Journal Article
Research Support, Non-U.S. Gov't

Language

eng

PubMed ID

24984822

Citation

Gutiérrez-Repiso, Carolina, et al. "Variable Patterns of Obesity and Cardiometabolic Phenotypes and Their Association With Lifestyle Factors in the Di@bet.es Study." Nutrition, Metabolism, and Cardiovascular Diseases : NMCD, vol. 24, no. 9, 2014, pp. 947-55.
Gutiérrez-Repiso C, Soriguer F, Rojo-Martínez G, et al. Variable patterns of obesity and cardiometabolic phenotypes and their association with lifestyle factors in the Di@bet.es study. Nutr Metab Cardiovasc Dis. 2014;24(9):947-55.
Gutiérrez-Repiso, C., Soriguer, F., Rojo-Martínez, G., García-Fuentes, E., Valdés, S., Goday, A., Calle-Pascual, A., López-Alba, A., Castell, C., Menéndez, E., Bordiú, E., Delgado, E., Ortega, E., Pascual-Manich, G., Urrutia, I., Mora-Peces, I., Vendrell, J., Vázquez, J. A., Franch, J., ... Gaztambide, S. (2014). Variable patterns of obesity and cardiometabolic phenotypes and their association with lifestyle factors in the Di@bet.es study. Nutrition, Metabolism, and Cardiovascular Diseases : NMCD, 24(9), 947-55. https://doi.org/10.1016/j.numecd.2014.04.019
Gutiérrez-Repiso C, et al. Variable Patterns of Obesity and Cardiometabolic Phenotypes and Their Association With Lifestyle Factors in the Di@bet.es Study. Nutr Metab Cardiovasc Dis. 2014;24(9):947-55. PubMed PMID: 24984822.
* Article titles in AMA citation format should be in sentence-case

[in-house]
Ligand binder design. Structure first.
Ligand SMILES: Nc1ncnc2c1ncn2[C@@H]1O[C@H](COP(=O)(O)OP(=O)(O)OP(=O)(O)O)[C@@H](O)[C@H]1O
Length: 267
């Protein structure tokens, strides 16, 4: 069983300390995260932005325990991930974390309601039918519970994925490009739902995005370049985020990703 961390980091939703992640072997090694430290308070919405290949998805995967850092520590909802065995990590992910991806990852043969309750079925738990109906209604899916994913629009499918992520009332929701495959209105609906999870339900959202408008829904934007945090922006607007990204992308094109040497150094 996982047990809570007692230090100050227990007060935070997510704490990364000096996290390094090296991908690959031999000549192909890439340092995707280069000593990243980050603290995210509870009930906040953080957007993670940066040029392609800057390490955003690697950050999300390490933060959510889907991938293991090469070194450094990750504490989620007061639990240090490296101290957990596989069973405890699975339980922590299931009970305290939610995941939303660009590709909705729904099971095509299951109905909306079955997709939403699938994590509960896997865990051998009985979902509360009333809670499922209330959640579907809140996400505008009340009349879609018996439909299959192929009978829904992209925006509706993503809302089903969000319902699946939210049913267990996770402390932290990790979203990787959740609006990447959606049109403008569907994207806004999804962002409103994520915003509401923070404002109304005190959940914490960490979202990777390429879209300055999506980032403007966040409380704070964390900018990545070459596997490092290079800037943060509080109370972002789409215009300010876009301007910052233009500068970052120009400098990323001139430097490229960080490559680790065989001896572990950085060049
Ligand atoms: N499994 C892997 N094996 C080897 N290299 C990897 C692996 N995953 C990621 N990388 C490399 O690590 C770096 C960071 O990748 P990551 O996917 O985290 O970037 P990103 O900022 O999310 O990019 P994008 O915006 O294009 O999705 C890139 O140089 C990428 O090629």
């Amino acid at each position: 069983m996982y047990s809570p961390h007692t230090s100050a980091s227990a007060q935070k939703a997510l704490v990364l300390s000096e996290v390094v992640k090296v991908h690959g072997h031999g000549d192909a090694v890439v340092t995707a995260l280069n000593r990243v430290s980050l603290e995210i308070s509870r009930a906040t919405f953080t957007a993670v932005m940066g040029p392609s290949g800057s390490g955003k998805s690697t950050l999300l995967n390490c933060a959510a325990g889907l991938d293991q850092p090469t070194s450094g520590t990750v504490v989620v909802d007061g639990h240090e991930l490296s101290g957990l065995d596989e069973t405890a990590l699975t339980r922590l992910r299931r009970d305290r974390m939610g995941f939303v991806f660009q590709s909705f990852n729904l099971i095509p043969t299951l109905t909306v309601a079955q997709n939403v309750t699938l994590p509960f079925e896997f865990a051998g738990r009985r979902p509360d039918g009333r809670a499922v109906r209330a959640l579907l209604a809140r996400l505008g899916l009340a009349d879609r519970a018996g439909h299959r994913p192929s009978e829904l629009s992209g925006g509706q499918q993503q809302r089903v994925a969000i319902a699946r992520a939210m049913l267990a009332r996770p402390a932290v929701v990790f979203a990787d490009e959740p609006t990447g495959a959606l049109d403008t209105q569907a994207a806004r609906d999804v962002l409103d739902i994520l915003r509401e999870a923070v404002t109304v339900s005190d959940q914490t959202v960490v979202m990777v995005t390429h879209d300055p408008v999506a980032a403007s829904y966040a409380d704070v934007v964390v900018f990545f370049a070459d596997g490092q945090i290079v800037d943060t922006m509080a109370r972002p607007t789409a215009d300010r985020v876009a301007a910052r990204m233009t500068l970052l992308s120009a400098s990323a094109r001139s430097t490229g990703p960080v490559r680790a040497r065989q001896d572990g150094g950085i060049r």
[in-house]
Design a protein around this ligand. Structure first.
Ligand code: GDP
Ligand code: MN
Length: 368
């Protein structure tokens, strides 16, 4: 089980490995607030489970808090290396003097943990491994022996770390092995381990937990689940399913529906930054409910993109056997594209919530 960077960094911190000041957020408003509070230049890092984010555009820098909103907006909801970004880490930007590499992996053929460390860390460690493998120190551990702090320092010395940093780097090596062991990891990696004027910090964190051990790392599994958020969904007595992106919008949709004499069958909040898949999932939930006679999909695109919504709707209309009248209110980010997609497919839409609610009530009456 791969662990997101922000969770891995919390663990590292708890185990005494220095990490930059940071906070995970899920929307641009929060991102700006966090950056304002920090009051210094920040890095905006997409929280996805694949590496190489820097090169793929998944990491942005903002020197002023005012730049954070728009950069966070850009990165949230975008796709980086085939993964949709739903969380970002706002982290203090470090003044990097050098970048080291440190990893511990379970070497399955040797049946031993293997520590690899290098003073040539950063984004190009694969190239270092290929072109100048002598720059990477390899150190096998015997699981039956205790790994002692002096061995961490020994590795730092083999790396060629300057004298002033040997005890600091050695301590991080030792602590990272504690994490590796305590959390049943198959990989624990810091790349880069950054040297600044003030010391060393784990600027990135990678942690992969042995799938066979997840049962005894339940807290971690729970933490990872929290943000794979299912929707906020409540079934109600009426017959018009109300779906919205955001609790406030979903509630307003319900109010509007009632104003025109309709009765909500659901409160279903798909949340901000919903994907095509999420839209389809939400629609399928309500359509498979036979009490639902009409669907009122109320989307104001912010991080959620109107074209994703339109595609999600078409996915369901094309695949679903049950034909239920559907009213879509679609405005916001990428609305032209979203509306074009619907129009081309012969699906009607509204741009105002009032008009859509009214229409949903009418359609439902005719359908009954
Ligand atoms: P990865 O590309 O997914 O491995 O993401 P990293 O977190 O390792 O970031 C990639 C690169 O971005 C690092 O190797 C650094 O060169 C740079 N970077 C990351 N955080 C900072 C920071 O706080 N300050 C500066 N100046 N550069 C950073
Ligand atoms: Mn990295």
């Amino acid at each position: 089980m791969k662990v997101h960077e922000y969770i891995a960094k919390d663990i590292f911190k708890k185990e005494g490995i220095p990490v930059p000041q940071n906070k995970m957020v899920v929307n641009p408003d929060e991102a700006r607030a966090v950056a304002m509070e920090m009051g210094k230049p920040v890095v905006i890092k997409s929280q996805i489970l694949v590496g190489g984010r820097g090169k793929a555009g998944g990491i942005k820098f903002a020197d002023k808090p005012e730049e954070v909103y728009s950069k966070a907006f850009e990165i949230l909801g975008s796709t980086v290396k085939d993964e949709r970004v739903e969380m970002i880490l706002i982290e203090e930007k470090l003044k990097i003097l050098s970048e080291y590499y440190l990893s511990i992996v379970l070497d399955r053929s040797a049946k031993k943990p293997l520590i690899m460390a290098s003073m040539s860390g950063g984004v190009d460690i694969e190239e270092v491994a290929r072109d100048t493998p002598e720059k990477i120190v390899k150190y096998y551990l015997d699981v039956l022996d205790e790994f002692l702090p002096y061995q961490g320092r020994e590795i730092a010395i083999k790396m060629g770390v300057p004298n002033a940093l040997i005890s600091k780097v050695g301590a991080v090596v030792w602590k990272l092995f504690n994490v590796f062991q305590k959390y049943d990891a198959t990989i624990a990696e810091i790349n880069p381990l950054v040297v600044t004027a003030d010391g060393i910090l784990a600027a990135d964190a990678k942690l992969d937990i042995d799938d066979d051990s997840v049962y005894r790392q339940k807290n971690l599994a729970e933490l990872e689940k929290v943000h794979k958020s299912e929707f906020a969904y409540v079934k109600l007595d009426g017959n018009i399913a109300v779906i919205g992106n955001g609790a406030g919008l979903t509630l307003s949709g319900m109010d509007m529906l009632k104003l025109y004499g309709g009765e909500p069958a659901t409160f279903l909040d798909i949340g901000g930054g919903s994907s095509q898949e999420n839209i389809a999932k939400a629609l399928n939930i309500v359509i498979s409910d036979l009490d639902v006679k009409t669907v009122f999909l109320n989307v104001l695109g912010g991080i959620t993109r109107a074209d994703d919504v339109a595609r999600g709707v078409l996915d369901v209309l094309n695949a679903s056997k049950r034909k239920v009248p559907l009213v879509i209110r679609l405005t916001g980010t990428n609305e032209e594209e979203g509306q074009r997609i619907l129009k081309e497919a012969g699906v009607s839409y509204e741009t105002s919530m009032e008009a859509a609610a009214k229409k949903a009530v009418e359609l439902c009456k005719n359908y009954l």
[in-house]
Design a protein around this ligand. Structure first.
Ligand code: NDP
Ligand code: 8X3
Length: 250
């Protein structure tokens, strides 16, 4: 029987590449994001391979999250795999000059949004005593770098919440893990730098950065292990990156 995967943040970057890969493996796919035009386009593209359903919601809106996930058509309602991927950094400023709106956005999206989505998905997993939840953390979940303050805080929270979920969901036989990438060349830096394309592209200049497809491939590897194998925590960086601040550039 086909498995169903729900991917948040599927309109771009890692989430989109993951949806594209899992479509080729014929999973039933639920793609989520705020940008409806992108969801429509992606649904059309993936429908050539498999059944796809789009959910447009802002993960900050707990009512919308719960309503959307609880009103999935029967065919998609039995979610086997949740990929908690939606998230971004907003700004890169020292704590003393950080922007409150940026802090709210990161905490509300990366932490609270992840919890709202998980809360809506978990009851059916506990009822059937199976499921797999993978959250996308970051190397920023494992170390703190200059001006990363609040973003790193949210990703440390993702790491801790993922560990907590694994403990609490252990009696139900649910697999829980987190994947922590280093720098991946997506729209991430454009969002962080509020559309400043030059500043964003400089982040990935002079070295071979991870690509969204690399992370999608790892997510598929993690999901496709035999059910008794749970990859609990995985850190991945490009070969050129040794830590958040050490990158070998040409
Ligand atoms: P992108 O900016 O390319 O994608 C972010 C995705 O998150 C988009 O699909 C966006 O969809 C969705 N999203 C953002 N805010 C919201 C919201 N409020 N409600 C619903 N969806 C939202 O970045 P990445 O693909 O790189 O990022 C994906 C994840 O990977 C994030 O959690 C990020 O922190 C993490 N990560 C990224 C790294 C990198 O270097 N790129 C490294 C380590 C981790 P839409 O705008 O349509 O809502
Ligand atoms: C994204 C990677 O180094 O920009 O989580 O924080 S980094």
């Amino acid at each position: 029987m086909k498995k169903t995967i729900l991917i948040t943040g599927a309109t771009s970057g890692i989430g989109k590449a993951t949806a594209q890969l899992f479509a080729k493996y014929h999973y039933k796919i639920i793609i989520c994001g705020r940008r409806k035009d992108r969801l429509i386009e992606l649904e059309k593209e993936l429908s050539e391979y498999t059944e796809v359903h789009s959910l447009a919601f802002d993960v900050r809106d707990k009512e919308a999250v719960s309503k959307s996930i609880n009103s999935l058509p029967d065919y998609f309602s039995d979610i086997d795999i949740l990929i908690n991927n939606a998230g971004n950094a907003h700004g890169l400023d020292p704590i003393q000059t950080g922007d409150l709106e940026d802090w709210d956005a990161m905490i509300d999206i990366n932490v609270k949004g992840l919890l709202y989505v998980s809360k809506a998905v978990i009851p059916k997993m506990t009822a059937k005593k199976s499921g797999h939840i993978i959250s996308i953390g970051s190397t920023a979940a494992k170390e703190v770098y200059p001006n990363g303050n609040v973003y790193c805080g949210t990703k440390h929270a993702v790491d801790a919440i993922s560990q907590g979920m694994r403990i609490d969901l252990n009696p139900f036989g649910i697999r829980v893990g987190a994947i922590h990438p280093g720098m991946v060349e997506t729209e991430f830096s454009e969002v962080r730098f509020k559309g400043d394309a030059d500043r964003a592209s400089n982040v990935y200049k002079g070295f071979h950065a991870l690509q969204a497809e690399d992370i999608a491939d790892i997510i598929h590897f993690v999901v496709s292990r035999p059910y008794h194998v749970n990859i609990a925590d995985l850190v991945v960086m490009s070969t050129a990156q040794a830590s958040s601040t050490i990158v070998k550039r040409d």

TY - JOUR T1 - Variable patterns of obesity and cardiometabolic phenotypes and their association with lifestyle factors in the Di@bet.es study. AU - Gutiérrez-Repiso,Carolina, AU - Soriguer,Federico, AU - Rojo-Martínez,Gemma, AU - García-Fuentes,Eduardo, AU - Valdés,Sergio, AU - Goday,Albert, AU - Calle-Pascual,Alfonso, AU - López-Alba,Alfonso, AU - Castell,Conxa, AU - Menéndez,Edelmiro, AU - Bordiú,Elena, AU - Delgado,Elías, AU - Ortega,Emilio, AU - Pascual-Manich,Gemma, AU - Urrutia,Inés, AU - Mora-Peces,Inmaculada, AU - Vendrell,Joan, AU - Vázquez,José Antonio, AU - Franch,Josep, AU - Girbés,Juan, AU - Castaño,Luis, AU - Serrano-Ríos,Manuel, AU - Martínez-Larrad,María Teresa, AU - Catalá,Miguel, AU - Carmena,Rafael, AU - Gomis,Ramón, AU - Casamitjana,Roser, AU - Gaztambide,Sonia, Y1 - 2014/06/09/ PY - 2013/11/29/received PY - 2014/04/29/revised PY - 2014/04/30/accepted PY - 2014/7/3/entrez PY - 2014/7/6/pubmed PY - 2015/5/12/medline KW - Metabolic risk factors KW - Metabolically abnormal normal-weight KW - Metabolically healthy obese KW - Prevalence rate KW - Spain SP - 947 EP - 55 JF - Nutrition, metabolism, and cardiovascular diseases : NMCD JO - Nutr Metab Cardiovasc Dis VL - 24 IS - 9 N2 - BACKGROUND AND AIM: Prevalence rates of "metabolically healthy obese" (MHO) subjects vary depending on the criteria used. This study examined the prevalence and characteristics of MHO subjects and metabolically abnormal normal-weight subjects and compared the findings with the NHANES 1999-2004 study. The aims of the present study were, first, to determine the prevalence rates of MHO and MNHNO subjects using the same criteria as those of the National Health and Nutrition Examination Survey (NHANES) (1999-2004) study, and second to compare the prevalence and correlates of obese subjects who are resistant to the development of adiposity-associated cardiometabolic abnormalities (CA) and normal-weight individuals who display cardiometabolic risk factor clustering between the Spanish and the US populations. METHODS AND RESULTS: Di@bet.es study is a national, cross-sectional population-based survey of 5728 adults conducted in 2009-2010. Clinical, metabolic, sociodemographic, and anthropometric data and information about lifestyle habits, such as physical activity, smoking habit, alcohol intake and food consumption, were collected. Subjects were classified according to their body mass index (BMI) (normal-weight, <25 kg/m(2); overweight, 25-29.9 kg/m(2); and obese, >30 kg/m(2)). CA included elevated blood pressure; elevated levels of triglycerides, fasting glucose, and high-sensitivity C-reactive protein (hs-CRP); and elevated homeostasis model assessment of insulin resistance (HOMA-IR) value and low high-density lipoprotein cholesterol (HDL-c) level. Two phenotypes were defined: metabolically healthy phenotype (0-1 CA) and metabolically abnormal phenotype (≥2 CA). The prevalence of metabolically abnormal normal-weight phenotype was slightly lower in the Spanish population (6.5% vs. 8.1%). The prevalence of metabolically healthy overweight and MHO subjects was 20.9% and 7.0%, respectively, while in NHANES study it was 17.9% and 9.7%, respectively. Cigarette smoking was associated with CA in each phenotype, while moderate physical activity and moderate alcohol intake were associated with being metabolically healthy. Olive oil intake was negatively associated with the prevalence of CA. CONCLUSIONS: Smoking, physical activity level, and alcohol intake contribute to the explanation of the prevalence of CA in the Spanish population, as in the US population. However in Spain, olive oil intake contributes significantly to the explanation of the variance in the prevalence of CA. SN - 1590-3729 UR - https://www.unboundmedicine.com/medline/citation/24984822/Variable_patterns_of_obesity_and_cardiometabolic_phenotypes_and_their_association_with_lifestyle_factors_in_the_Di@bet_es_study_ L2 - https://linkinghub.elsevier.com/retrieve/pii/S0939-4753(14)00192-6 DB - PRIME DP - Unbound Medicine ER -